Olivia Brown was born with Retinitis pigmentosa (RP)- an eye disease in which there is damage to the retina. Retinitis pigmentosa is a progressive disorder. With RP, night blindness generally precedes tunnel vision by years or even decades. The progression of this particular disorder is different in each case. There are many people with RP do not become blind right away. Others go completely blind as early as childhood. It is an extremely rare condition that has left Olivia ‘legally’ blind.

Talking with Olivia, one would never guess that she is visually impaired. She is a fully functional 19 year old, she enjoys hanging out with her friends and playing with her seeing-eye-dog Echo. Perhaps her most impressive quailty is that Olivia is an exceptional equestrian. She competes in dressage and has received first place in various competitions as well as ‘High Point Champ’.

Olivia first got involved in riding st the age of 10, in a therapeutic riding program for children with disabilities. Therapeutic Riding, also known as Equine Assisted Therapy, uses the horse to achieve a variety of therapeutic aims, including cognitive, physical, social, educational and behavioral goals. In Olivia’s case Therapeutic riding improves things such as, posture, breathing, and sense of barings.

Olivia has now been riding for almost ten years. She demonstrates an incredible amount of perseverance in overcoming her disability. She explains that without volunteers her riding career would not have been made possible. The generous people who dedicated their time to helping her learn to ride, changed her life indefinitely.

Volunteers and riders preparing for TEAD's annual Ride-a-Thon

Olivia is a volunteer at the Equestrian Association for the Disabled (TEAD)where she helps by leading and side walking riders of various ages and various disabilities. Olivia is giving back. She now helps to motivate others with disabilities, as she learned to over come her own obstacles.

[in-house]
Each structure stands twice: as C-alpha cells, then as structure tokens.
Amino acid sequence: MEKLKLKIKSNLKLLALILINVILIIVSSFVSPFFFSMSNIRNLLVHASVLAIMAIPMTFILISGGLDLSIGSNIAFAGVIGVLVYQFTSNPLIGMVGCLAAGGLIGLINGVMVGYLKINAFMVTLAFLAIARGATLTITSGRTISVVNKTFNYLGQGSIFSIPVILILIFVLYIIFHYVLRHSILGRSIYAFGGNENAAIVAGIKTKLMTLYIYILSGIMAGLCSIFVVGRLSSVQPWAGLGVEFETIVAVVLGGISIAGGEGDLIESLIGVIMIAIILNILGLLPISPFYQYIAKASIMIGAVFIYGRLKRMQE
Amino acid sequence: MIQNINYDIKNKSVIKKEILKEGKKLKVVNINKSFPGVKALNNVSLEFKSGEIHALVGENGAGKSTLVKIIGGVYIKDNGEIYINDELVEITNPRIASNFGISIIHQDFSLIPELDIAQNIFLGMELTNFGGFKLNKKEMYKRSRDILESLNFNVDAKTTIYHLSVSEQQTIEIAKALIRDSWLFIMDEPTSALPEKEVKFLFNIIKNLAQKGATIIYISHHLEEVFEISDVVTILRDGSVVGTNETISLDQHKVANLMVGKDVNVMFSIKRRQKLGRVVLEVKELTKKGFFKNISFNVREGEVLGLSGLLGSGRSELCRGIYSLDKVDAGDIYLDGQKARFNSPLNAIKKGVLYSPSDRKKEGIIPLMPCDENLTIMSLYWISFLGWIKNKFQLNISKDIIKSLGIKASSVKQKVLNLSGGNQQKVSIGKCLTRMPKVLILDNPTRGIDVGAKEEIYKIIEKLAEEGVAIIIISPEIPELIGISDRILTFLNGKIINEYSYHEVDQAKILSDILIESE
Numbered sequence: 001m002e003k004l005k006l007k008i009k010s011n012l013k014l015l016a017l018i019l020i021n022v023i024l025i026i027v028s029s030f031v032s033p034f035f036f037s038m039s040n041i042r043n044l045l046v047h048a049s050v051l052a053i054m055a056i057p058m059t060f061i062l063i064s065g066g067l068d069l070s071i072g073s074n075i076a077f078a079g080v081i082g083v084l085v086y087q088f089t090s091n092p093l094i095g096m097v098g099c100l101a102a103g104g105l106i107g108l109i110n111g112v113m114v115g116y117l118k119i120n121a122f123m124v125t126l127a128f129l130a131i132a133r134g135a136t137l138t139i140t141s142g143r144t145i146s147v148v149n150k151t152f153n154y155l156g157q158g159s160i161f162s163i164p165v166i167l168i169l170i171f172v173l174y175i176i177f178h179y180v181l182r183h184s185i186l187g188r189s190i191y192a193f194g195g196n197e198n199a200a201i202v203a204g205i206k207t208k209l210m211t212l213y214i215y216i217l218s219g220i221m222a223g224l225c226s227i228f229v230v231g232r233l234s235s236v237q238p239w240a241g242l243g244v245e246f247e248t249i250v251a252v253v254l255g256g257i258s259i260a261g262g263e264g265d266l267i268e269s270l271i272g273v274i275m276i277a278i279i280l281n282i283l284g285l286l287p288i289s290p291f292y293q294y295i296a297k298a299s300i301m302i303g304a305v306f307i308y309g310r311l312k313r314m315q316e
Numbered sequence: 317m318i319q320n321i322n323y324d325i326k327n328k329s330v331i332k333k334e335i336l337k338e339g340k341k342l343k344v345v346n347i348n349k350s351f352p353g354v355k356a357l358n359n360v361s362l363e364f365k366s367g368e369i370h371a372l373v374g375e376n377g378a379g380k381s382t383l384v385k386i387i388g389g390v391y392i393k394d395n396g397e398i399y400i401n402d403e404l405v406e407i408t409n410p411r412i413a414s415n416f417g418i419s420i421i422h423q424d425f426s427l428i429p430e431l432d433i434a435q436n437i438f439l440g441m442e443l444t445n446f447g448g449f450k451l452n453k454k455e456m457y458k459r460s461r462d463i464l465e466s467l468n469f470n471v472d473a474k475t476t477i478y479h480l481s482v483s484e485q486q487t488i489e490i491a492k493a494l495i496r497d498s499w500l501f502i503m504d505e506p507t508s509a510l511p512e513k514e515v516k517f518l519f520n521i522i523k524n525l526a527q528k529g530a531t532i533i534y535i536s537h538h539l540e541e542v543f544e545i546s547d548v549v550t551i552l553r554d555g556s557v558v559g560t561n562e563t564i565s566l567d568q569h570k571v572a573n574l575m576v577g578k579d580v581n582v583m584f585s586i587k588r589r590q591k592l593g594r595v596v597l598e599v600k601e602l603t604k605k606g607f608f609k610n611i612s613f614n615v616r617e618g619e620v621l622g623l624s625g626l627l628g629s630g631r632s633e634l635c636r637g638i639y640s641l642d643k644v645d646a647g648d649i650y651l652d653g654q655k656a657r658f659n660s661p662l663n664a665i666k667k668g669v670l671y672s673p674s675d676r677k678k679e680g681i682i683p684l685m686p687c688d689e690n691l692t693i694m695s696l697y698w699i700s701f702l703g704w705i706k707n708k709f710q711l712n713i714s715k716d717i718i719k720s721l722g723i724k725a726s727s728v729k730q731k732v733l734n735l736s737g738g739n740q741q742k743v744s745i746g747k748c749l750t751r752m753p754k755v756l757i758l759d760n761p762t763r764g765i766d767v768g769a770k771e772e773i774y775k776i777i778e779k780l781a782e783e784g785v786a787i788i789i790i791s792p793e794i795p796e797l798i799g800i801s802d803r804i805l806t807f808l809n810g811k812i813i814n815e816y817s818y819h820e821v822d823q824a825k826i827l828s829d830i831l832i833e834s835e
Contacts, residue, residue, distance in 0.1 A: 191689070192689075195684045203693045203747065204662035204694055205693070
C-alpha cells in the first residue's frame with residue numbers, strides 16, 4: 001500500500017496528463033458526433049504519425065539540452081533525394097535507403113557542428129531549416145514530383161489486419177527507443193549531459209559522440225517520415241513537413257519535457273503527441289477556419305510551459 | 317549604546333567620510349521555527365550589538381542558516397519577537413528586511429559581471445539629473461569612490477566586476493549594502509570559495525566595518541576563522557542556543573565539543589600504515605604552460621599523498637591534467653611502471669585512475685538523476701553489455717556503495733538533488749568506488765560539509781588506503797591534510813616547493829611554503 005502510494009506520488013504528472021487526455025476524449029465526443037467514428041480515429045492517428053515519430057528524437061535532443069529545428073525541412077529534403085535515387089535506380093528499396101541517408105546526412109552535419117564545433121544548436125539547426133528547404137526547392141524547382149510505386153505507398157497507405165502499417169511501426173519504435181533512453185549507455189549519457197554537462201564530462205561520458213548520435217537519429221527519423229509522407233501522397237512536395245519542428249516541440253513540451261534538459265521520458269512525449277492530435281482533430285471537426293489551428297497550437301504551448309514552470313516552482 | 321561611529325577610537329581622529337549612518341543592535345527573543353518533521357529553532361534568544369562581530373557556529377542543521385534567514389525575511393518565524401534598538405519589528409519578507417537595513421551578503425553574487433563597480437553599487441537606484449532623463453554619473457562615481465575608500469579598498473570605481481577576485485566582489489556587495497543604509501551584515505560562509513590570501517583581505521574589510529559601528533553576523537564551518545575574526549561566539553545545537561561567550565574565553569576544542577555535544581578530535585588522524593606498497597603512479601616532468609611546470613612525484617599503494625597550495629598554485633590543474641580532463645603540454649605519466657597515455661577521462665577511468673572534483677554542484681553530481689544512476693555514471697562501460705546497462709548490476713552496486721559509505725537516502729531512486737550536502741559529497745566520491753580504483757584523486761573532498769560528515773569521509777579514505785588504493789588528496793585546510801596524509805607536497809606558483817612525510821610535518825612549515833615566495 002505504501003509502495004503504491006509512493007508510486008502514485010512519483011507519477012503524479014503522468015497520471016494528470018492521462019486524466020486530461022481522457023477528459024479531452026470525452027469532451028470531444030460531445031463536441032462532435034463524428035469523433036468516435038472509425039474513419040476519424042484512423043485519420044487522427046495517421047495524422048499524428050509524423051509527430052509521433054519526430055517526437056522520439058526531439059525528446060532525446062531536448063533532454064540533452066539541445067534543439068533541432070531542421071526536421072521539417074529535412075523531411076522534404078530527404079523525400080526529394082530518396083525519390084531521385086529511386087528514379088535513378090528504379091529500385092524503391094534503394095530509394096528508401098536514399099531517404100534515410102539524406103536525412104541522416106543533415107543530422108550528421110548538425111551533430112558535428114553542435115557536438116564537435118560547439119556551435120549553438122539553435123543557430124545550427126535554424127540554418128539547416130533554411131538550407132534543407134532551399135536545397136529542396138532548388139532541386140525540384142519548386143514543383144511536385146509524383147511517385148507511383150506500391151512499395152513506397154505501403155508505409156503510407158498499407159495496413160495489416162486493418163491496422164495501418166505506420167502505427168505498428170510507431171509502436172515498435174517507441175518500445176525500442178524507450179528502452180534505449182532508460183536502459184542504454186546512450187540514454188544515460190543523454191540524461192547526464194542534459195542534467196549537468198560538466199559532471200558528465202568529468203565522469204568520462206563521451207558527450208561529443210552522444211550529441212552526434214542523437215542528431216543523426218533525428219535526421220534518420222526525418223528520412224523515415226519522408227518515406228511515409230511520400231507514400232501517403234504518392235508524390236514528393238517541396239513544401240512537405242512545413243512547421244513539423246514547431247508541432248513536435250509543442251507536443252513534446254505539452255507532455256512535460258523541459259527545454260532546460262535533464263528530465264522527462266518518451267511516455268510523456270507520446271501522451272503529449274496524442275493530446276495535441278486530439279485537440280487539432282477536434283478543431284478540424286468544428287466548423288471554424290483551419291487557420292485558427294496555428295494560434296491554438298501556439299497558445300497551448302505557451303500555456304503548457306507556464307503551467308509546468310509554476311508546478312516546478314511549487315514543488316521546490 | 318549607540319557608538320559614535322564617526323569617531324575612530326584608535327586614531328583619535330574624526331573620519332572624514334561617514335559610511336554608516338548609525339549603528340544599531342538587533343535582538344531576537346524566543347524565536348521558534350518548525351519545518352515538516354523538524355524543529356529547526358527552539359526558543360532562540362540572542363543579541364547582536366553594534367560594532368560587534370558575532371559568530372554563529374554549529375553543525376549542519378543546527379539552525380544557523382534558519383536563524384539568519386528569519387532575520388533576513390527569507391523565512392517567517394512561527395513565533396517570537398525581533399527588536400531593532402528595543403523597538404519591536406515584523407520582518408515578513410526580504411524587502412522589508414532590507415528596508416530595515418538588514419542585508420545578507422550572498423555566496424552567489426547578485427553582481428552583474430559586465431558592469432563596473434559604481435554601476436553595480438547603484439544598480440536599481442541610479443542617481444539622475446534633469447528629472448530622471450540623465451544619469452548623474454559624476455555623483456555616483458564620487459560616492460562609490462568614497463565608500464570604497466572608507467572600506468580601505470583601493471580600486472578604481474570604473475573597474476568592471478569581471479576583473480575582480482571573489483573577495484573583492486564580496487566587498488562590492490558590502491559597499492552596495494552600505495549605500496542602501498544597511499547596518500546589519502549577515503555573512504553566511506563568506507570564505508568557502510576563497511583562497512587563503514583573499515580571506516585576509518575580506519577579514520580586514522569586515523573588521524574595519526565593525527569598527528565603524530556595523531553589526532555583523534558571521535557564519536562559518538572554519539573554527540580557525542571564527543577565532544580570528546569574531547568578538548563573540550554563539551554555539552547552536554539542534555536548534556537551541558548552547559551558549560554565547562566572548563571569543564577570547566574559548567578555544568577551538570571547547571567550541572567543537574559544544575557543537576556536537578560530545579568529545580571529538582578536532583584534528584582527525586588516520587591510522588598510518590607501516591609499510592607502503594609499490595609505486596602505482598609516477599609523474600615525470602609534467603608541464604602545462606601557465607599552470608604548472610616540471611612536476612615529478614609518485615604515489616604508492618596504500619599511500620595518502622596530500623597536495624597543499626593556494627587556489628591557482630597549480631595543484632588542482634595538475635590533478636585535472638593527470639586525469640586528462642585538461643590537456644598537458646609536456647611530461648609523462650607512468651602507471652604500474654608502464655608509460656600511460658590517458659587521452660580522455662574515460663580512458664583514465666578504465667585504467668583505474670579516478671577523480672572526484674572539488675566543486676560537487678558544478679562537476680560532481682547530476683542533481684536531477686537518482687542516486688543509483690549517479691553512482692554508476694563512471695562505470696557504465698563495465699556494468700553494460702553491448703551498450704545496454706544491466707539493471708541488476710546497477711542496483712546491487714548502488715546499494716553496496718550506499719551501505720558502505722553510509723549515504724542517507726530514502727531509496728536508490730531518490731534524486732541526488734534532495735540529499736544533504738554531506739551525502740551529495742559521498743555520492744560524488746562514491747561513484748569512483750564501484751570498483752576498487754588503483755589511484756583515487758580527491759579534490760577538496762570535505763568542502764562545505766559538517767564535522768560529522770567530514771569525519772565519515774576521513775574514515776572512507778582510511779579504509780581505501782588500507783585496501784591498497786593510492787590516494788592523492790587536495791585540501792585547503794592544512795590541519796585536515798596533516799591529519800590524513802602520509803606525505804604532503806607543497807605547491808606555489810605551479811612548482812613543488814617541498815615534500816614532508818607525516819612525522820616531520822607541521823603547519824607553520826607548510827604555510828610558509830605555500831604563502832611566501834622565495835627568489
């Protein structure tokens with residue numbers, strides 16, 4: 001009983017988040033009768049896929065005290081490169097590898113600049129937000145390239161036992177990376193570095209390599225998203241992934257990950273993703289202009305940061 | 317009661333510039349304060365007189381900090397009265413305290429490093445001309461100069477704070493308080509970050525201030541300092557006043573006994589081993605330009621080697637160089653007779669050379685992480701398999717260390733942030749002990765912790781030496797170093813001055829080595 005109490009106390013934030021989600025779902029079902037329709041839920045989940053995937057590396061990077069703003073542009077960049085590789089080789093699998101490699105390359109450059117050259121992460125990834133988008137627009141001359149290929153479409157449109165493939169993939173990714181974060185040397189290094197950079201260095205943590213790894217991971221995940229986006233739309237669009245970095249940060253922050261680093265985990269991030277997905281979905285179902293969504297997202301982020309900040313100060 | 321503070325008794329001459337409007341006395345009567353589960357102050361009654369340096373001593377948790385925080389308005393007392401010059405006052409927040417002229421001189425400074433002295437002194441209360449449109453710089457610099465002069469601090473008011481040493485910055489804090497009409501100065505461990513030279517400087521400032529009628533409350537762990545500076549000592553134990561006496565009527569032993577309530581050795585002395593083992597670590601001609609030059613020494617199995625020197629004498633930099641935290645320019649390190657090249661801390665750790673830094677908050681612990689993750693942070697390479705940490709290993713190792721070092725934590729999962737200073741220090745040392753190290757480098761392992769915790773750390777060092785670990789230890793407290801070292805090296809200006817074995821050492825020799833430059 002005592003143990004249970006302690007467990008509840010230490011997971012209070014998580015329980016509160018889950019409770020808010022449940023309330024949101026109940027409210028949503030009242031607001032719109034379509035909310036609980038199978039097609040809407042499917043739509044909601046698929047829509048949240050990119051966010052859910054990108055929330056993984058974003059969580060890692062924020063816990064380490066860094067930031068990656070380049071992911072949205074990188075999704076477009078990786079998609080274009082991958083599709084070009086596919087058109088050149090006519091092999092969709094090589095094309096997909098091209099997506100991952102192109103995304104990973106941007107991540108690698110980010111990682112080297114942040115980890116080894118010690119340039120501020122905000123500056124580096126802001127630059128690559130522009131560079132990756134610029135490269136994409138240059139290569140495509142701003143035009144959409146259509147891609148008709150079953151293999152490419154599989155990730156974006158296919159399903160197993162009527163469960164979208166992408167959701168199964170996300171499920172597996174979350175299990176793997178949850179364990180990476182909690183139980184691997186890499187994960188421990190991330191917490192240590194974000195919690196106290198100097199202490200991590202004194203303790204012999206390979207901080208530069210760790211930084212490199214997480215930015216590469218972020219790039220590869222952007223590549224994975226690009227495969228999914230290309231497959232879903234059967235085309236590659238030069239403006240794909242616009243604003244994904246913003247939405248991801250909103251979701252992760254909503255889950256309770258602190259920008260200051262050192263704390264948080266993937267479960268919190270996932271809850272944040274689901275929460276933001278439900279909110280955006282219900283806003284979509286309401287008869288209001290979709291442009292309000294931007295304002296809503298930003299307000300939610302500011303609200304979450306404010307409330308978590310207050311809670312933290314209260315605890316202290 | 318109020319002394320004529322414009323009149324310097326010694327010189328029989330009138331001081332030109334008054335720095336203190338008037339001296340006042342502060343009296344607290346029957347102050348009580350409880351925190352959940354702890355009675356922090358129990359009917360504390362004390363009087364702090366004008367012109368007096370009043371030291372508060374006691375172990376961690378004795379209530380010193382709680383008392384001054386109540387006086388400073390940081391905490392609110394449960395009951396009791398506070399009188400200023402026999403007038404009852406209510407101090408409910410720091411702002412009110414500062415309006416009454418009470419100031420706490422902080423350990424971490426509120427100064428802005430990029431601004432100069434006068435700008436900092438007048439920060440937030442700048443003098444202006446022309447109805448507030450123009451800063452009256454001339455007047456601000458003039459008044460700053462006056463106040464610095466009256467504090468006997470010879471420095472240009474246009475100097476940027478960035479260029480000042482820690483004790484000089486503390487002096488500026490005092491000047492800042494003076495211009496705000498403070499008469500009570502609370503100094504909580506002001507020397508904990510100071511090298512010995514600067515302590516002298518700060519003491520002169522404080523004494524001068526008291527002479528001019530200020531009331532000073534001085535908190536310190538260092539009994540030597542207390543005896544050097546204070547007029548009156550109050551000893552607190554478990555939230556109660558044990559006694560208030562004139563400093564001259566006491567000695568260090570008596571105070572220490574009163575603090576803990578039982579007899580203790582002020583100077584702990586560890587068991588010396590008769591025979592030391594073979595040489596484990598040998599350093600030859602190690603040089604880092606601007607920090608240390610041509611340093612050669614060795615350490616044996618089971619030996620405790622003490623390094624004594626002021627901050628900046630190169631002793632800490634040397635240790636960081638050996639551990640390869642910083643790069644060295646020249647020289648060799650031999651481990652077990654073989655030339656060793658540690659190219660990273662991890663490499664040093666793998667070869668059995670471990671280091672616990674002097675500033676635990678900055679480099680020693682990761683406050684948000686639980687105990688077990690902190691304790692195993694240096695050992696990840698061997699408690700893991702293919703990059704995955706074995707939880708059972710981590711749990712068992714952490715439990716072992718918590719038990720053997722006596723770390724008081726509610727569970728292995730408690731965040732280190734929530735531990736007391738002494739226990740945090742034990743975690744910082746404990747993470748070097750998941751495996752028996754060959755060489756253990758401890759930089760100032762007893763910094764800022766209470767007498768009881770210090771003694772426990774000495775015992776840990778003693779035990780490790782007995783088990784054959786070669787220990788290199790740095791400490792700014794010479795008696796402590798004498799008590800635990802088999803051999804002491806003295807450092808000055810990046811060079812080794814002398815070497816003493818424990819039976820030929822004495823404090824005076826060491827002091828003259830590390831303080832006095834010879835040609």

“TEAD is an amazing program” explains Olivia “I have a great time helping others to learn to ride and and have fun. The volunteers are a huge part of the program, and I am proud to be a part of it.”

T.E.A.D. was started by a group of individuals from the Hamilton area in 1978. A doctor, physiotherapist and other willing volunteers saw a need for this type of program in Hamilton and the Equestrian Association has been providing therapeutic riding ever since.There are 110 children and adults with a wide variety of disabilities that currently attend T.E.A.D. on a weekly basis. They range from age 2-60 and must first have approval from their doctor and then from T.E.A.D.’s physiotherapist. These riders are taught by nationally certified instructors and assisted by more than 200 volunteers every week. Operations such as TEAD run almost primary on volunteers like myself and Olivia.

Pat Bullok, a certified therapeutic riding instructor, explained “without volunteers, TEAD could not run. Riders and parents are so appreciative of everyone who donates their time to the program”.

Pat has been working with TEAD for ten years she explains that her love for horses is what initially had her interested. But she was soon fascinated by the physical, mental emotional and social benefits of therapeutic riding.

“Working with some of the riders is truly an eye opening experience, it provides a sense of total awareness,” explaned Bullock, “for some of our riders, it could be the only time they spend out of their wheelchair.”

Donating as little as one hour a week  can have a big impact on someone else’s life. Anyone who comes in contact with the TEAD is struck by the  inspirational and motivated people who have gone through the program. As Pat stated, “it provides a sense of total awareness. Volunteering with TEAD has been a truly humbling experience, I look forward to it every week.”

TEAD is always looking for new volunteers!

There are so many volunteering opportunities available today. TEAD and many others can be found on http://www.volunteerhamilton.on.ca/.

This site is home to thousands of available volunteering opportunities. Some include; the Good Shepard, City Kids, Neighbour to Neighbour and many more. They offer a wide range of volunteering jobs, from working with kids at day camps, to working at shelters, and  working with the elderly. All of which are fun and enjoyable.


Third year English and Literature major at Brock University.

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